I had never been to a swap meet before. My friend Andy suggested it to me and I could sleep on his sofa. Sounded like a good idea. Visit a friend, check out his telephone collection, and bring him some more phones J, go to the swap meet, meet some people in the flesh, that I only met on line, meet some new people, rummage around for much needed parts, perhaps buy a phone and pop back.
So that is what I did. Booked a cheap flight to Luton on a Friday evening and a return flight the next Saturday evening. Just a quick visit.
The swap meet was organised by THG, the Telecommunications Heritage Group (click here for more info on THG swap meets). It was held in a room at a community centre in Milton Keynes. There were about 20 tables with collectors selling and swapping telephone stuff and other things related to telecommunication.
But my trip started of course with taking a flight to Luton on a Friday evening and arriving at my friend Andy’s house, bringing him four more telephones. Andy is an avid collector of various things. He has an extraordinary house packed with several collections, among which are radio’s, phonographs, shellac records, tractor ads, clocks, etc etc.
He runs a facebook page called Andy’s radio/gramophone/telephone classics showing his latest finds, so please give his page a like.
The house is full of these things, all nicely displayed. The living area is in the kitchen, where I slept on the sofa for one night. Please mind it is a sofa, not a couch, as it is located in the UK. J Here is a link to Andy’s facebook page, where he posts new additions to his various collections.
The swap meet
The next morning we went to the community centre and although we were early, there were a few dozen visitors already. And of course there were tables full of all kinds of display goodies.
Please note that I do not have many British telephones in my collection. They weren’t used in the Netherlands much. Of course a red telephone is always welcome in my collection, no matter where it comes from.
I did require some parts for the British telephones that I do have: feet for 300-series telephones, 200 series telephones, handset and dial for a Gecophone, wires, etc.
So that was my plan: find parts, perhaps buy a nice red phone, books or other documentation and keep an eye out for something interesting of any kind. But most importantly I was actually going to meet some people I had had only digital contact with, so far.
I did find a lot of the parts I needed. That means I can go ahead restoring a couple of telephones I have. I also found a small GPO binder with telephone diagrams. That was a really nice find, as it cost me only 3 pounds. And other collectors told me that it was quite a bargain. 🙂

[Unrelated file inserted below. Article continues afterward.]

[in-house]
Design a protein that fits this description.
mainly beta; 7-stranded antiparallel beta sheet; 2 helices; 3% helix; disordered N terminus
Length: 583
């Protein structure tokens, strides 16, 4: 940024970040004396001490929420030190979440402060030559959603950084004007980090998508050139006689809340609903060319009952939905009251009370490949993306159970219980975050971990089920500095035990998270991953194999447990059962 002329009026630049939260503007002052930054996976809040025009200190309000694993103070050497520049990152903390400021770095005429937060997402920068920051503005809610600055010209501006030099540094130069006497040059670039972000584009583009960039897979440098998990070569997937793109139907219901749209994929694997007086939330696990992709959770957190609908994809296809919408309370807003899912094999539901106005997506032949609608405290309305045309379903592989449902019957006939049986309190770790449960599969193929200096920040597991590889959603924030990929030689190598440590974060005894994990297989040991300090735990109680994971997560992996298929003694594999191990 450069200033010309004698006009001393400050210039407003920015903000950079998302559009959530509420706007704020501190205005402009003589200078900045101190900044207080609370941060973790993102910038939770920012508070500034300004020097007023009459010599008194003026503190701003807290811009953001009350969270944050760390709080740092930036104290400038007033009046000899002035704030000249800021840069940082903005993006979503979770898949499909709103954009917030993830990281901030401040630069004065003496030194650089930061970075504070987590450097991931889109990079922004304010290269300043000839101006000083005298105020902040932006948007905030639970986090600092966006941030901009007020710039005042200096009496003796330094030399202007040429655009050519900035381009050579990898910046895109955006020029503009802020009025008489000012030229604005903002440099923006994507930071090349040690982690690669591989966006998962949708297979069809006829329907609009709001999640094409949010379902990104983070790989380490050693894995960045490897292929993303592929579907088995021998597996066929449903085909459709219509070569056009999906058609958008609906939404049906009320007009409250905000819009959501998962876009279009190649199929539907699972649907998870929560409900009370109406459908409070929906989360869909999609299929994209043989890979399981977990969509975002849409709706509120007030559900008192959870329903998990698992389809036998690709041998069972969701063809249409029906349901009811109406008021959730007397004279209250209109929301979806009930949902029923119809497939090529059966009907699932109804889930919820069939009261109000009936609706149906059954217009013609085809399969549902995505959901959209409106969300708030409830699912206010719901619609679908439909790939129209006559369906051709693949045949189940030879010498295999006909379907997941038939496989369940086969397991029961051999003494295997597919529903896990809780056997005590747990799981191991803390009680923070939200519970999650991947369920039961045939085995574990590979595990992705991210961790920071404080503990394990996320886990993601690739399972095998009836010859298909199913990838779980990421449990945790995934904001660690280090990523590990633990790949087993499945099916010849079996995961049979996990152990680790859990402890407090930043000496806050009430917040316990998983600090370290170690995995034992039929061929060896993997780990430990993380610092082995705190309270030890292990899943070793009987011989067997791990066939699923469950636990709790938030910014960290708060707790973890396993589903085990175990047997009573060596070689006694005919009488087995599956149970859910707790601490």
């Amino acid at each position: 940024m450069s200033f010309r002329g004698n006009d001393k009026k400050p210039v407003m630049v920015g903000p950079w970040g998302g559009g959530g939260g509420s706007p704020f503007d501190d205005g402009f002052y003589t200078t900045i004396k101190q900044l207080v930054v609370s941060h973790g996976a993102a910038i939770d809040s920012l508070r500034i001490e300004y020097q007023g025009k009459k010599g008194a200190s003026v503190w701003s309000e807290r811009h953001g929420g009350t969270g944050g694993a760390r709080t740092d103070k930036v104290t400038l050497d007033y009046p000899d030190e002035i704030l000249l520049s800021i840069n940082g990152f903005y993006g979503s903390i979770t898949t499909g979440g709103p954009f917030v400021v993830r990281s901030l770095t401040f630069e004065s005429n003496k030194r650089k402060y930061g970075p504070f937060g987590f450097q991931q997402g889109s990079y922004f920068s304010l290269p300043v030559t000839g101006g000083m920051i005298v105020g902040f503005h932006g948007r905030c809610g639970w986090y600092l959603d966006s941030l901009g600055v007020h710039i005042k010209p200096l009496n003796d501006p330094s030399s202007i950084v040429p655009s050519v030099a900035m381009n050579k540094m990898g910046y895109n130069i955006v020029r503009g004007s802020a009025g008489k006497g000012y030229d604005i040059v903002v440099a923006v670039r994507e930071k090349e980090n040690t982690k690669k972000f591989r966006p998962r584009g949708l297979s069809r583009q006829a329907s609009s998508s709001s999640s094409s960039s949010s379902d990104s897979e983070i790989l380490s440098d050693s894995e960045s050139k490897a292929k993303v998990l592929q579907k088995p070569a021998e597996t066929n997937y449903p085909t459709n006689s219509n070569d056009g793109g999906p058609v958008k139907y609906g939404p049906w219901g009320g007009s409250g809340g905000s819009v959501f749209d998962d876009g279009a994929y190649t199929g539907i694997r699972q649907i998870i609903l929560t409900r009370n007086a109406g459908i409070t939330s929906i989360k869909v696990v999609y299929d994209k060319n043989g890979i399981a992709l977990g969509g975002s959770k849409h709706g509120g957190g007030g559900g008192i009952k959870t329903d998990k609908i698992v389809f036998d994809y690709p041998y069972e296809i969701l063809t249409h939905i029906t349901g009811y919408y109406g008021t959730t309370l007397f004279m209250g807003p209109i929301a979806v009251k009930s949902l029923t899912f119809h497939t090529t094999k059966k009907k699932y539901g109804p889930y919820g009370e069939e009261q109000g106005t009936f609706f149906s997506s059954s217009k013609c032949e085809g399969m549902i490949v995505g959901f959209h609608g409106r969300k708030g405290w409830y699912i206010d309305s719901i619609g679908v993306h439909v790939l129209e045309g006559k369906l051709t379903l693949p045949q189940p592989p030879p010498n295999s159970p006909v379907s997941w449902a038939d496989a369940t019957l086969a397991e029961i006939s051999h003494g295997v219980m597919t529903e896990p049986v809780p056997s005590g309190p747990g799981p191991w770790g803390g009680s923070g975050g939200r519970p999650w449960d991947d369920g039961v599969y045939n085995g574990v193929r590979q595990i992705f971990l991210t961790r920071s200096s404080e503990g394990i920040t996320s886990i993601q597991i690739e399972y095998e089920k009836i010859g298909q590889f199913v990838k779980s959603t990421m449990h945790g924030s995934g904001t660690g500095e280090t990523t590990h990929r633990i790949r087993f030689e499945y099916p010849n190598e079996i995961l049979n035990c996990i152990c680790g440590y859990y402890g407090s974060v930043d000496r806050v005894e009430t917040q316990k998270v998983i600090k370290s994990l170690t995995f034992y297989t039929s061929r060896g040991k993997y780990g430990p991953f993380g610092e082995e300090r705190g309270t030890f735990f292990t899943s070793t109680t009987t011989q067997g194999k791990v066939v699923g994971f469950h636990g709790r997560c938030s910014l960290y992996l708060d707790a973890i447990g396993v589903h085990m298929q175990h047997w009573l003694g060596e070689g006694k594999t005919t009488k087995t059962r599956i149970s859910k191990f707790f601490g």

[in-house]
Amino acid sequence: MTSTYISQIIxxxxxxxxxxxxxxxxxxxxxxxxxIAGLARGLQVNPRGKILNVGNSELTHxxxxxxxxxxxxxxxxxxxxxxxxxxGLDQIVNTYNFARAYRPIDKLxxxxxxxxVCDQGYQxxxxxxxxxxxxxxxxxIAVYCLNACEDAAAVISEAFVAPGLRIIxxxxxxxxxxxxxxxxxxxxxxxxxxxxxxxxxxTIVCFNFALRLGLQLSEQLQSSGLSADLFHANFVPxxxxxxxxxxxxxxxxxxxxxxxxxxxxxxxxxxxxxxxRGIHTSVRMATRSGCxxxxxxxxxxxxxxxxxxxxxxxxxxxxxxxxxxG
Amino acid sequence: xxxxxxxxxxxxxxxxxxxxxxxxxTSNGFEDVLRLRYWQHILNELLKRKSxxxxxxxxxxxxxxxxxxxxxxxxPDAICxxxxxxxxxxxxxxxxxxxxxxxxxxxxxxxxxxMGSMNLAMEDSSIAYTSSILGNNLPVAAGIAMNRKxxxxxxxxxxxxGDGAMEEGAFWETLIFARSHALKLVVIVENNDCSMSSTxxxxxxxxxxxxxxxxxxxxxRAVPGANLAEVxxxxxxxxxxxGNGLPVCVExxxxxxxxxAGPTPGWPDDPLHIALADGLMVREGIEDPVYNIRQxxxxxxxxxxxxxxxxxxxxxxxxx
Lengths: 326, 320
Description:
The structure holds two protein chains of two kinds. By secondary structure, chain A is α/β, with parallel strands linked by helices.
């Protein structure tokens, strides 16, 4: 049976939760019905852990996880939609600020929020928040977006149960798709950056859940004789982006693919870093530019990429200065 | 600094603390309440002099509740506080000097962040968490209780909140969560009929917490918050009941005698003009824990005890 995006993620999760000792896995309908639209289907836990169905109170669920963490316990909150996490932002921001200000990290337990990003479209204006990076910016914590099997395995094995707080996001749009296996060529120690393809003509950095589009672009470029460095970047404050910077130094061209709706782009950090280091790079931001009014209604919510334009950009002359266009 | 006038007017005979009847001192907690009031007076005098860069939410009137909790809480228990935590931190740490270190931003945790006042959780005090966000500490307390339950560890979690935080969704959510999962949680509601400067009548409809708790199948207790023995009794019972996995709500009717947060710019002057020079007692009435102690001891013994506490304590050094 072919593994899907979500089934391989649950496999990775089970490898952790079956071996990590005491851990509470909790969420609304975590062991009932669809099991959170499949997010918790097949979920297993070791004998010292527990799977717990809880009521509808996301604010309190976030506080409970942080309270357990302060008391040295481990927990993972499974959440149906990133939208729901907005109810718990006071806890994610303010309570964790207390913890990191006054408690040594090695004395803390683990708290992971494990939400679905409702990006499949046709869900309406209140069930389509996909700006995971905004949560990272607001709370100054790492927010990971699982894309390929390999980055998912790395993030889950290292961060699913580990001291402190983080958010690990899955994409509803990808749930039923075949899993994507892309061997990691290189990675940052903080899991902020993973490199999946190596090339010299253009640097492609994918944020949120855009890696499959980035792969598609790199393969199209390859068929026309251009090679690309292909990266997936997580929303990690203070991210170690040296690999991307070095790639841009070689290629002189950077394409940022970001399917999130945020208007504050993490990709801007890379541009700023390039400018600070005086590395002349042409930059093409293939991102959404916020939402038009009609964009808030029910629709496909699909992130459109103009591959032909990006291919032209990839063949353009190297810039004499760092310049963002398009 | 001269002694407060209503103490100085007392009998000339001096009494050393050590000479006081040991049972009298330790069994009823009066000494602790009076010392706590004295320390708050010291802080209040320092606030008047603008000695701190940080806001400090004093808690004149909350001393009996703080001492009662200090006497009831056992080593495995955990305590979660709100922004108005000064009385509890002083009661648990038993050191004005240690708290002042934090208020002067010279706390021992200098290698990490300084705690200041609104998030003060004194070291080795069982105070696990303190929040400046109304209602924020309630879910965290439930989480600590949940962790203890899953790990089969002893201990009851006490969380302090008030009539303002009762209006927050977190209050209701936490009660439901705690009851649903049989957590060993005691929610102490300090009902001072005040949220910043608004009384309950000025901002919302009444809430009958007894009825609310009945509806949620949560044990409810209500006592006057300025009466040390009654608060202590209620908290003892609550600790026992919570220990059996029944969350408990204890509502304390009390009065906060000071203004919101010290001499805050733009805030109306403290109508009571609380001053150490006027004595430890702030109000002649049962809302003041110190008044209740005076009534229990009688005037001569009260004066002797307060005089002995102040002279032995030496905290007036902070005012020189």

Unfortunately there were no red telephones in my price range. There were 2 red bakelite telephones, but the asking price exceeded my budget by quite a lot.
But as I entered the room, I almost immediately spotted a nice and intricate device I had been curious about for quite a while: a key sender! They were not used in the Netherlands so we do not see those here too often. I did a quick survey of the room to make sure there wasn’t something else higher on my must have list and bought it!
Unbelievably I got something even better than that key sender: a TEFAG 1920s metal desk telephone, here pictured on the left. It was totally unexpected and I have been looking for a good one of these for years. Several slipped to my fingers when I tried to outbid other collectors on the internet. I was very pleased to finally own one. Even without this TEFAG, the trip was really worthwhile, but this beauty was really the cherry on the apple sauce. It does need some restoration and I need to replace the dial and handset, though.
Not only did I meet up with my friend Andy, but also his partner Jan. And as I had announced on Facebook that I was going to attend this swap meet, I had already been contacted by a couple of other collectors that they were going to attend as well. There was Jason Workman, with whom I had a great chat about starting up my old telephone exchange from the 60s (a project I will start on next year, probably). And there was Andy Irving, a fellow collector and Andrew Emerson, the founder of THG. To my delight he brought an old Atea telephone, I asked about, for me to inspect up close. Unfortunately I was not able to bring a copy of his book, to get him to sign it. J I also met people I had not had contact with before, like Bob Angel http://antiquetelephones.co.uk/index.html who does great bakelite restorations and Chris Elliot from www.vintagetelephony.co.uk who does, among other things, great cords.
Visit to the museum
After a really good Chinese lunch with Andy and Jan, we met up with the people from the swap meet again at the Milton Keynes Museum (http://www.miltonkeynesmuseum.org.uk/).
It has among many other things, a great section with telephones and telephone history. You can actually touch and use many of the exhibits there, a bit like the German Telephone museum in Morbach, about which I wrote a review of my visit in 2016.
Flying home again: drugs or explosives?
As to be expected the security check was great fun at the airport. I already anticipated they would not be able to make heads or tails of that key sender. And so, after my overnight bag went through the security check x-ray machine, it was taken to the side for an extra inspection. I was asked by the guards if they could open my bag and after I explained what was in there, they checked the contents of my bag with a special sniffer device. After enquiring about it, it turned out that the sniffer checks for explosives and drugs. I was relieved that my key sender was neither explosive nor high. So after an hours flight and a short train ride, I arrived home after a full day, reeling from all these impressions and dizzy with a lot of new information. And to the delight of my wife 3 telephones lighter.